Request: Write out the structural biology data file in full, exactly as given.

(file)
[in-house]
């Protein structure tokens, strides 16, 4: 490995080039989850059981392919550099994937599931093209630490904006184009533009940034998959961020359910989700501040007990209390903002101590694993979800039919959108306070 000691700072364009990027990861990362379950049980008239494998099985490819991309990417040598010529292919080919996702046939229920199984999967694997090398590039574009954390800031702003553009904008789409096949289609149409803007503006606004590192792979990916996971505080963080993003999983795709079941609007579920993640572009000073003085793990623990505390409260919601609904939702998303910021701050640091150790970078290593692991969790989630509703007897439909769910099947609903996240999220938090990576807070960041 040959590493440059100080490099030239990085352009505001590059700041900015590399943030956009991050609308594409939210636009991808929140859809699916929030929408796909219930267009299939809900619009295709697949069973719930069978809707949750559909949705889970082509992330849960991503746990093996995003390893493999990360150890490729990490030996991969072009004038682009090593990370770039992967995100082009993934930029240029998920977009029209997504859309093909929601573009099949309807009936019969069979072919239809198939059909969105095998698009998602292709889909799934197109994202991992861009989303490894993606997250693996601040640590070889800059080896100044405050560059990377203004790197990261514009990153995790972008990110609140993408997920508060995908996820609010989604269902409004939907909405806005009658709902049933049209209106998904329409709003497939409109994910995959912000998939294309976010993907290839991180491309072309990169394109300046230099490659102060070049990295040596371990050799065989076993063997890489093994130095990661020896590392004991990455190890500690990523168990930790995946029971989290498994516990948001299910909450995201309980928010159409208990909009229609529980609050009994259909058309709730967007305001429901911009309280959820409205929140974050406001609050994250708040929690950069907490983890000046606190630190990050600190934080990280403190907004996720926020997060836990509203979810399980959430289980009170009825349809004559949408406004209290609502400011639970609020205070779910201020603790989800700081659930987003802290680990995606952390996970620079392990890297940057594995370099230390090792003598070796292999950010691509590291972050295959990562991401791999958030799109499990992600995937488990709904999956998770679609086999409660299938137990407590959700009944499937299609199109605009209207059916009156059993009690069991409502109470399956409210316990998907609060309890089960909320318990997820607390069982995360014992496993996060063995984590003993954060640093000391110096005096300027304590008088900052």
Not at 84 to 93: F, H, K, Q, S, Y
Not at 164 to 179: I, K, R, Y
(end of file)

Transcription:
[in-house]
């Protein structure tokens, strides 16, 4: 490995080039989850059981392919550099994937599931093209630490904006184009533009940034998959961020359910989700501040007990209390903002101590694993979800039919959108306070 000691700072364009990027990861990362379950049980008239494998099985490819991309990417040598010529292919080919996702046939229920199984999967694997090398590039574009954390800031702003553009904008789409096949289609149409803007503006606004590192792979990916996971505080963080993003999983795709079941609007579920993640572009000073003085793990623990505390409260919601609904939702998303910021701050640091150790970078290593692991969790989630509703007897439909769910099947609903996240999220938090990576807070960041 040959590493440059100080490099030239990085352009505001590059700041900015590399943030956009991050609308594409939210636009991808929140859809699916929030929408796909219930267009299939809900619009295709697949069973719930069978809707949750559909949705889970082509992330849960991503746990093996995003390893493999990360150890490729990490030996991969072009004038682009090593990370770039992967995100082009993934930029240029998920977009029209997504859309093909929601573009099949309807009936019969069979072919239809198939059909969105095998698009998602292709889909799934197109994202991992861009989303490894993606997250693996601040640590070889800059080896100044405050560059990377203004790197990261514009990153995790972008990110609140993408997920508060995908996820609010989604269902409004939907909405806005009658709902049933049209209106998904329409709003497939409109994910995959912000998939294309976010993907290839991180491309072309990169394109300046230099490659102060070049990295040596371990050799065989076993063997890489093994130095990661020896590392004991990455190890500690990523168990930790995946029971989290498994516990948001299910909450995201309980928010159409208990909009229609529980609050009994259909058309709730967007305001429901911009309280959820409205929140974050406001609050994250708040929690950069907490983890000046606190630190990050600190934080990280403190907004996720926020997060836990509203979810399980959430289980009170009825349809004559949408406004209290609502400011639970609020205070779910201020603790989800700081659930987003802290680990995606952390996970620079392990890297940057594995370099230390090792003598070796292999950010691509590291972050295959990562991401791999958030799109499990992600995937488990709904999956998770679609086999409660299938137990407590959700009944499937299609199109605009209207059916009156059993009690069991409502109470399956409210316990998907609060309890089960909320318990997820607390069982995360014992496993996060063995984590003993954060640093000391110096005096300027304590008088900052």
Not at 84 to 93: F, H, K, Q, S, Y
Not at 164 to 179: I, K, R, Y